ca. 1777 - ca. 1835

JACOB EVERHART first appeared on the Rockingham County Virginia Tax List in April 1798 living near his father, Baltzar. Jacob was at least twenty-one years of age, so he would have been born ca. 1777 while the family was living in Lebanan Township, Lancaster County, Pennsylvania.

On April 9, 1798, Jacob Everhart married Catharine Stagleather. Daniel Kite was on the marriage bond with Jacob. Jacob was on the Rockingham County Tax List again in April 1799.

A Texas History written in 1890, that included Jacob's son, Emanuel, stated that Jacob's wife was Catharine Beal, a woman of German extraction. We believe that to be true. That George Stagleather (also spelled Stikeleather and Steigleder) who wrote the consent note for Catharine's marriage to Jacob Everhart, was married to Catharine Beal's widowed mother, Elisabeth. When George Stagleather wrote the permission letter Catherine's name was placed on the marriage bond as Stagleather.

A few months after his marriage to Catharine, Jacob Everhart became the guardian of Nicholas Beal's son, George, in Rockingham County. George Stagleather was on the guardian bond with Jacob.

George Beal was living in Hawkins County in 1810 in the same district as Jacob Everhart.

At least two of the three pieces of land owned by the Everhart family in Rockingham County were sold in 1798 and 1799, and they all disappeared from future tax records. We believe they came to Hawkins County in 1799 or early 1800.

Since many of the Hawkins County records were destroyed during the Civil War, the first records we have found of Jacob Everhart in Hawkins County are where he witnessed a deed in 1806 for Daniel Louderbough and the 1810 Tax List. He was listed in Laudebacks Company in 1810, and was taxed for 300 acres. The few deeds in existence for property he owned there indicate that he lived south of the Holston on Dodson's Creek. Among his neighbors were HENRY LOUDERBACK, SAMUEL PORTRAM, JOHN SHORT, MICHAEL & JOHN ROARK, the KITES, the SMITHS, the LAWSONS, and the GRIGSBYS. It is believed that his home was near the site of the old Dodson Creek School.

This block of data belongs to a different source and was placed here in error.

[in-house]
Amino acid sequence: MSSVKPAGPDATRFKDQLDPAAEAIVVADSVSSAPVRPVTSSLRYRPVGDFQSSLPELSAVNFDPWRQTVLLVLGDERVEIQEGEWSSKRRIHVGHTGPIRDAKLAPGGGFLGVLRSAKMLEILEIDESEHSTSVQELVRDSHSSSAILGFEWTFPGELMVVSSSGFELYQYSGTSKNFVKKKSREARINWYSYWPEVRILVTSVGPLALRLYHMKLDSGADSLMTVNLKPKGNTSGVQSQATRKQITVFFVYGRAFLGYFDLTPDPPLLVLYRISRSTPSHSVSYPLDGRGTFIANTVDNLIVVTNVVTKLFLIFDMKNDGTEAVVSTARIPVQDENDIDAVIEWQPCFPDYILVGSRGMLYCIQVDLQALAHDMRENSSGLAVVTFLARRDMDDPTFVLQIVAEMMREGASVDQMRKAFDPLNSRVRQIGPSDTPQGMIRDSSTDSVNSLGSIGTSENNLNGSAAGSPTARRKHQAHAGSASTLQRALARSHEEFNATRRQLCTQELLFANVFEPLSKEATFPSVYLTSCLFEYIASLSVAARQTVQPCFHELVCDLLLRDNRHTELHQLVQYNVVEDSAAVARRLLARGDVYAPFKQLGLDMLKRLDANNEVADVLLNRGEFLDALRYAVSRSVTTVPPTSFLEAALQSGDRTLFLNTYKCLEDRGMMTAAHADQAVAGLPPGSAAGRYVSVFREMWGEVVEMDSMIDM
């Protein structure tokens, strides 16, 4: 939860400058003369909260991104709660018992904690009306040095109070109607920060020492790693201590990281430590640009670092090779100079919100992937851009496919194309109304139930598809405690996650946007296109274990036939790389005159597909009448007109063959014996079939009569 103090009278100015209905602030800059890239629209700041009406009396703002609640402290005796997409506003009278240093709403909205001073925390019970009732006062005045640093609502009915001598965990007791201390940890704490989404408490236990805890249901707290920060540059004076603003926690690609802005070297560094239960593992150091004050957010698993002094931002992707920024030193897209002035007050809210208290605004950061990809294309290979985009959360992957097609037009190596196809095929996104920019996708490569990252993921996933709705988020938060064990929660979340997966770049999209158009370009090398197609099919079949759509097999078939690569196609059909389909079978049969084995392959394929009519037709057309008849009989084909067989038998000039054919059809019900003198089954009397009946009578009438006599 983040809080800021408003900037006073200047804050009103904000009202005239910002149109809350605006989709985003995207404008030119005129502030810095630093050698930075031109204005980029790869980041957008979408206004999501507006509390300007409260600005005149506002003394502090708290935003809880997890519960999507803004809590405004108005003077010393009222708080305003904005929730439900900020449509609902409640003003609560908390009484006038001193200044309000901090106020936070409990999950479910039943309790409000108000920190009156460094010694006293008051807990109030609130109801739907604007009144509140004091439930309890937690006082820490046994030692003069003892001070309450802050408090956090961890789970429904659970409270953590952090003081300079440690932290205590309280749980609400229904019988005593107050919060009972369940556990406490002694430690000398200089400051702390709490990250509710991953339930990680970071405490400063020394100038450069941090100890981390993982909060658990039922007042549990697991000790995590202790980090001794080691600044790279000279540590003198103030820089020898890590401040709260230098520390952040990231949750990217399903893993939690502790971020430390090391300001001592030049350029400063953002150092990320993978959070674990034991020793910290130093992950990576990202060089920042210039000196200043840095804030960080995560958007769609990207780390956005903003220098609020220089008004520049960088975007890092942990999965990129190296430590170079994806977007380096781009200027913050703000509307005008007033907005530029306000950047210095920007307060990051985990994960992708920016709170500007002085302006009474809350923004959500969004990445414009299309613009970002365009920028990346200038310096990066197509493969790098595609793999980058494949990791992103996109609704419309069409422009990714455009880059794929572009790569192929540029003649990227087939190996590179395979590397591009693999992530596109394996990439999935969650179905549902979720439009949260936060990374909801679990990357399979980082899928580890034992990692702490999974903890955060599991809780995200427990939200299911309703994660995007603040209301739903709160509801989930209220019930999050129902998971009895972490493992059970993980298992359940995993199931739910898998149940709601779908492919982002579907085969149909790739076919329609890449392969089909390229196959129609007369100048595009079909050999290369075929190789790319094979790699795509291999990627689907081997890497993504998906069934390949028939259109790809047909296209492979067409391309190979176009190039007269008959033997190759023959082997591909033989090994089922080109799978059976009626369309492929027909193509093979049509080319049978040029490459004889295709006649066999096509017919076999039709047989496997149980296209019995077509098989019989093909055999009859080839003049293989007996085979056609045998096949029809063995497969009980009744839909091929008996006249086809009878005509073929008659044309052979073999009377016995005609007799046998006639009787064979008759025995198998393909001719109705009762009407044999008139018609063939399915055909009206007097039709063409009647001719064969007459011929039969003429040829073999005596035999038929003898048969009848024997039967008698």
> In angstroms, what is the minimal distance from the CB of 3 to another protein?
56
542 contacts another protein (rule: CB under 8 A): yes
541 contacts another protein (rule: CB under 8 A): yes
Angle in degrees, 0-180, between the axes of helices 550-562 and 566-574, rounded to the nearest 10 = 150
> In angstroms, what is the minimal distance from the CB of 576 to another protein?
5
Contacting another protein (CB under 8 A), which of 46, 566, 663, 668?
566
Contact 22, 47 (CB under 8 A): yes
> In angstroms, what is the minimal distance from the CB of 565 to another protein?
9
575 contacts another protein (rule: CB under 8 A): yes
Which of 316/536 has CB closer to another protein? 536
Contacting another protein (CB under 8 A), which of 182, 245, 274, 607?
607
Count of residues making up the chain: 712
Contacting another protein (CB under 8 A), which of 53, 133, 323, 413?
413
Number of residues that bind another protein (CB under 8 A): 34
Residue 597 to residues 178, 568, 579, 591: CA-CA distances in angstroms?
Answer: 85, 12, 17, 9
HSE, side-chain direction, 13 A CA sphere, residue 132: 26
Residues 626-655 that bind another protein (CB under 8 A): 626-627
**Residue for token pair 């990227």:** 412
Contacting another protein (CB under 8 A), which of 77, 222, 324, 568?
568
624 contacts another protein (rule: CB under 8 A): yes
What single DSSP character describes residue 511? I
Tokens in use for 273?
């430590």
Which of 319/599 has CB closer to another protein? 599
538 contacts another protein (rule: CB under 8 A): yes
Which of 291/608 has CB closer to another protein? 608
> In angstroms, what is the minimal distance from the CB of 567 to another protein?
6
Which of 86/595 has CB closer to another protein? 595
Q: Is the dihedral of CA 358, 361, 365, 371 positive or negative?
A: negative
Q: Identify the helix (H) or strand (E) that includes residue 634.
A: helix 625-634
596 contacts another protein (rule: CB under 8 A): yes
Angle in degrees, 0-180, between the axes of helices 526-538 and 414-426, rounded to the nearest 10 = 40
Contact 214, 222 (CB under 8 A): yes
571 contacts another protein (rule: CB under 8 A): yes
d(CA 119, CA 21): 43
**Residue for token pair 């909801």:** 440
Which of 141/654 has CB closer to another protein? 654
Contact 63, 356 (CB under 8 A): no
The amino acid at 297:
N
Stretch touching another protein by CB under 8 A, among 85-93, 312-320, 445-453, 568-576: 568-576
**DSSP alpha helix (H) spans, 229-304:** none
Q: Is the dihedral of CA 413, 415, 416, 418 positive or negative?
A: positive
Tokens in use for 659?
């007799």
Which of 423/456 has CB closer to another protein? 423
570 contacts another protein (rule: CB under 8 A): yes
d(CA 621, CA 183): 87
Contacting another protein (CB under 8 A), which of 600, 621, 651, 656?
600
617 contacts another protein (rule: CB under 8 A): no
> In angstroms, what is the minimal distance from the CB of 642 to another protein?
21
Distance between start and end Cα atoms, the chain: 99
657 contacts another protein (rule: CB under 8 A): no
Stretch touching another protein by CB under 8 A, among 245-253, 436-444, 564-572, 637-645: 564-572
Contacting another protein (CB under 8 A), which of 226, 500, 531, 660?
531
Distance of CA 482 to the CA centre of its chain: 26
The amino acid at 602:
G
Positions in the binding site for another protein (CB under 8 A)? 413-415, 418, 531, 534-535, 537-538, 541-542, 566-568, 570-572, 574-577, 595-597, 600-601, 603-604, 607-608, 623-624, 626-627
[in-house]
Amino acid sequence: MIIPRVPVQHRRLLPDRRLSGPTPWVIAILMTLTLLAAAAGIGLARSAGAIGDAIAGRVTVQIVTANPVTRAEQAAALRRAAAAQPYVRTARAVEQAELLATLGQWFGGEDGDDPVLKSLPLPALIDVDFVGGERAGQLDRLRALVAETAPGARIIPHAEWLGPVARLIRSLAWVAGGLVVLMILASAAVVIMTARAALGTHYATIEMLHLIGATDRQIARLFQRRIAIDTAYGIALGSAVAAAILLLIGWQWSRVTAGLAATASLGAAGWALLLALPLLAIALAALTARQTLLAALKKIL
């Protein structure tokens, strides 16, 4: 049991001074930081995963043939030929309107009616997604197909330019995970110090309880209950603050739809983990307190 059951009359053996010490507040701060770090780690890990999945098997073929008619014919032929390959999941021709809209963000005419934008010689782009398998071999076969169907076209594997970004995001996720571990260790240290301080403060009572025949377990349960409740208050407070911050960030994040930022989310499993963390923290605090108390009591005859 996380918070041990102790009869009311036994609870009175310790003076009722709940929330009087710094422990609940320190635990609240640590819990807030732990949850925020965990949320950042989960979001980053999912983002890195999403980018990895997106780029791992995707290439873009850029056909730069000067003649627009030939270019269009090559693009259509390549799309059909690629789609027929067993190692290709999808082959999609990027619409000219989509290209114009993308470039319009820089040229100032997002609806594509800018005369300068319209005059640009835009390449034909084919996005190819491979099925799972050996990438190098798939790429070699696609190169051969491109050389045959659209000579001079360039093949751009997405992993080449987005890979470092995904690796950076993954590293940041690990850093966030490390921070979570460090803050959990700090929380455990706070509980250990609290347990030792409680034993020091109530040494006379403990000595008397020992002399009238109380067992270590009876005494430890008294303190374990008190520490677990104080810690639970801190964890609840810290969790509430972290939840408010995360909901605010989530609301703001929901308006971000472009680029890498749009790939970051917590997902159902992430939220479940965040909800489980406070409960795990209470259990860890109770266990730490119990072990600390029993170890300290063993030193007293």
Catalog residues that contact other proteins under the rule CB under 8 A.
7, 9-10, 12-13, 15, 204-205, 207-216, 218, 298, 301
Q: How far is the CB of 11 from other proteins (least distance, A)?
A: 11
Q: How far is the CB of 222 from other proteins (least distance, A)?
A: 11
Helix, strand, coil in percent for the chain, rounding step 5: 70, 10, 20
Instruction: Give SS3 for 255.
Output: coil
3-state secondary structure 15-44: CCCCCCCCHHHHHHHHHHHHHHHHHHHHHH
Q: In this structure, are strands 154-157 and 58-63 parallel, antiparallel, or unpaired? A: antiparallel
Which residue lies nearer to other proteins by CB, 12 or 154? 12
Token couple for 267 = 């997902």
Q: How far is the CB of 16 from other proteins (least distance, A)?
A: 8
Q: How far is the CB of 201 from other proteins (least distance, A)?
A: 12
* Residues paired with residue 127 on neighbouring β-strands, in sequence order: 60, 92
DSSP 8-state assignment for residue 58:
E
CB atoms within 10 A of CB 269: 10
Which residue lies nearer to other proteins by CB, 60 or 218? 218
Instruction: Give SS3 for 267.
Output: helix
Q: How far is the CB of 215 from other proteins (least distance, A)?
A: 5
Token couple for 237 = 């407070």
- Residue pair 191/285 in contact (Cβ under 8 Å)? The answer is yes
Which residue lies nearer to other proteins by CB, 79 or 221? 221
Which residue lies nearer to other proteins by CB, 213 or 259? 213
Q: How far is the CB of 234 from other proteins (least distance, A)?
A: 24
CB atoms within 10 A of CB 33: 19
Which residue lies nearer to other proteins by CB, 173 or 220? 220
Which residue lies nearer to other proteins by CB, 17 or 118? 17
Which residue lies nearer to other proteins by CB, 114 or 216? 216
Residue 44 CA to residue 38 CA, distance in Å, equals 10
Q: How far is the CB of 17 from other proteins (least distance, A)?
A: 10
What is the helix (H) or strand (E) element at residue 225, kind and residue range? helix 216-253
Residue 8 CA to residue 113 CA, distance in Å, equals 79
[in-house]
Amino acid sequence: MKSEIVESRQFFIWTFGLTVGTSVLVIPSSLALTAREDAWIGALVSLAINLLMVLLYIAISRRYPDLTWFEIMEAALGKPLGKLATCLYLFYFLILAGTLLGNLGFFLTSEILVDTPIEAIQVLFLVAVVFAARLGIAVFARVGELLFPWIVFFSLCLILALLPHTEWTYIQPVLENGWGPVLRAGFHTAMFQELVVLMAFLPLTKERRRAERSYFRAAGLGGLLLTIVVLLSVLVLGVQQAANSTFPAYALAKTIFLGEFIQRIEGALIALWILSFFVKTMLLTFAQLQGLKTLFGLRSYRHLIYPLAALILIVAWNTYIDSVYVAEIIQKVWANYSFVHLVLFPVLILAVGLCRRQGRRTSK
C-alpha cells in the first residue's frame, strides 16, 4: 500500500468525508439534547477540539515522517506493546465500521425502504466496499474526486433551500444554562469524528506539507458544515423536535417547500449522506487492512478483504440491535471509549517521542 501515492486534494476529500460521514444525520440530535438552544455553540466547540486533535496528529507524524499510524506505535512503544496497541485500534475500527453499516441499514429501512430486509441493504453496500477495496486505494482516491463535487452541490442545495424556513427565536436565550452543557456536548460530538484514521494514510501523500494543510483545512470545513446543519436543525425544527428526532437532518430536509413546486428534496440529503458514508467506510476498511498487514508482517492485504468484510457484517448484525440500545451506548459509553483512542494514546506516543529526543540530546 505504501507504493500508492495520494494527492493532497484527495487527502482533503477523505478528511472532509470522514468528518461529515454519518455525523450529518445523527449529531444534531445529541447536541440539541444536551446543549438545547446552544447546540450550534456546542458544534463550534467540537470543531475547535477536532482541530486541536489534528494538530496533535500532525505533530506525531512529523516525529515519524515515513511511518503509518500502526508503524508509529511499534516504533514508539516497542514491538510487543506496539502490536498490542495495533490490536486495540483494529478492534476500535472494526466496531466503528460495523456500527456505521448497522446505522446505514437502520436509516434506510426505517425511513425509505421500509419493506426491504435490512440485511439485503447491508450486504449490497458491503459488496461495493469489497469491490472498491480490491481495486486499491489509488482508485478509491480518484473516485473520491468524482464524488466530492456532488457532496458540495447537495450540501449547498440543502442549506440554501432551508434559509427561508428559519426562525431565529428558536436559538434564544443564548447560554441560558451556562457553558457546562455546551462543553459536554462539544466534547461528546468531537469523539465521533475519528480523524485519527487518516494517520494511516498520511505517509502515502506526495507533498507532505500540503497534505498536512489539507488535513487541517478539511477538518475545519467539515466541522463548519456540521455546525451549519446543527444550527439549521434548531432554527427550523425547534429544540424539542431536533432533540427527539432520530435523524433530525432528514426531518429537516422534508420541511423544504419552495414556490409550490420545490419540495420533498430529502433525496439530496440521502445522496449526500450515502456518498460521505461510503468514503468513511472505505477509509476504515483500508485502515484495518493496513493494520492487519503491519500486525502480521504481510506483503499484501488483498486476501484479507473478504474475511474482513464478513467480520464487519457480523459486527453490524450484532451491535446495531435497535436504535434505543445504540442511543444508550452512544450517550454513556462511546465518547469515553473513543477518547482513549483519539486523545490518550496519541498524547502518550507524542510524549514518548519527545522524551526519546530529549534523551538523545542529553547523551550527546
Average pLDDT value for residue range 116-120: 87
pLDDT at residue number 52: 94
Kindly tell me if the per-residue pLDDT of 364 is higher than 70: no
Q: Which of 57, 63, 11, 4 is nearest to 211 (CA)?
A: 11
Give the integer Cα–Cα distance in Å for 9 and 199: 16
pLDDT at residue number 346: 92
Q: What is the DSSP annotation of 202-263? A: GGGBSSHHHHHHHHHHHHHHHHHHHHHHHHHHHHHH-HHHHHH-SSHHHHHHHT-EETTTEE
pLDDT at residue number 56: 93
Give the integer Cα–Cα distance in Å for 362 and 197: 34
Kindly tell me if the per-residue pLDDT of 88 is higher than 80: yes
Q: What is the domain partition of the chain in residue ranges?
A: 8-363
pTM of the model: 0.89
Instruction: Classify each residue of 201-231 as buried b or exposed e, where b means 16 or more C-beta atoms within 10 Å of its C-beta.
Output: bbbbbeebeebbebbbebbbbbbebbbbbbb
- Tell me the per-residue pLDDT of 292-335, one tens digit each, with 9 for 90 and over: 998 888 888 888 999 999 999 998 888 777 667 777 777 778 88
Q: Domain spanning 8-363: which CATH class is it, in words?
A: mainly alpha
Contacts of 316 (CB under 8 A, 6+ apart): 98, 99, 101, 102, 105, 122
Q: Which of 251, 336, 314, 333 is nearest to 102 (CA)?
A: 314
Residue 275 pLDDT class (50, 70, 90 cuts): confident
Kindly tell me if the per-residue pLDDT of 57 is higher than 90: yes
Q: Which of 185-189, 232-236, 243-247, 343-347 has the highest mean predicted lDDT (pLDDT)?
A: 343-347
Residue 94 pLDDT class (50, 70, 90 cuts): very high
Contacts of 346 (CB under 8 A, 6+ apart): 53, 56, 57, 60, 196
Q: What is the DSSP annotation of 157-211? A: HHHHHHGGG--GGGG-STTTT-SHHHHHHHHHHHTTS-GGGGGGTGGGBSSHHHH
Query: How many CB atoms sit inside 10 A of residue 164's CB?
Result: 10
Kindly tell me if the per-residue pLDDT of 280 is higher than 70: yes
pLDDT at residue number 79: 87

On October 2, 1813, Jacob Everhart enlisted as a private in Col Wm. Lillard, Capt. George Argenbright's East Tennessee Volunteer Riflemen to fight in the War of 1812. The regiment was formed in Hawkins County and most of the men were from there including Captain Argenbright. The regiment was stationed for the most part at Ft. Strother and Ft. Jackson in what is now Alabama. On February 8, 1814, Jacob was discharged. During his four months of service he was paid a total of $33.80.

Jacob and Catharine Everhart were the parents of eleven children:

Elizabeth (Betsy) Everhart. Born ca. 1799 probably in Rockingham County Virginia.

David Everhart. Born ca. 1800 in Hawkins County Tennessee.

Eve Everhart. Born ca. 1803 in Hawkins County Tennessee.

Sarah (Sally) Everhart. Born ca. 1804 in Hawkins County Tennessee.

Nicholas Everhart. Born November 26, 1806 in Hawkins County Tennessee.

Mary Everhart. Born ca. 1811 in Hawkins County Tennessee.

James B. Everhart. Born ca. 1813 in Hawkins County Tennessee.

Anna Everhart. Born ca. 1815 in Hawkins County Tennessee.

Jacob E. Everhart. Born ca. 1816 in Hawkins County Tennessee.

Emanuel Everhart. Born April 11, 1818 in Hawkins County Tennessee.

Thomas Everhart. Born ca. 1822 in Hawkins County Tennessee.

Jacob and Catharine Everhart lived on Dodson's Creek in Hawkins County until after 1830. The last record found of Jacob was a deed that he signed on February 25, 1833, when he sold Henry Louderback eleven acres of land. The land joined land already owned by Henry. The Louderbacks were neighbors of the Everharts, so it may have been a portion of the property where they lived.

Jacob died between February 1833, and when the1836 land tax rolls were prepared. By 1836, neither Jacob nor Catharine Everhart was listed on the Hawkins County Land Tax rolls. In 1840 Catharine was living in Greene County in the household of her son Jacob.

When Catharine Everhart wrote her will in June of 1844, she named all eleven of her children, including her daughter Betsy who had died earlier. The will was probated in Greene County on September 7, 1844. All of her property was left to her youngest son, Thomas. Her son-in-law Leonard Smith was executor, and it was witnessed by George and Henry Smith. An inventory of her estate has not been found.

The place of Jacob's and Catharine's burial is not known.


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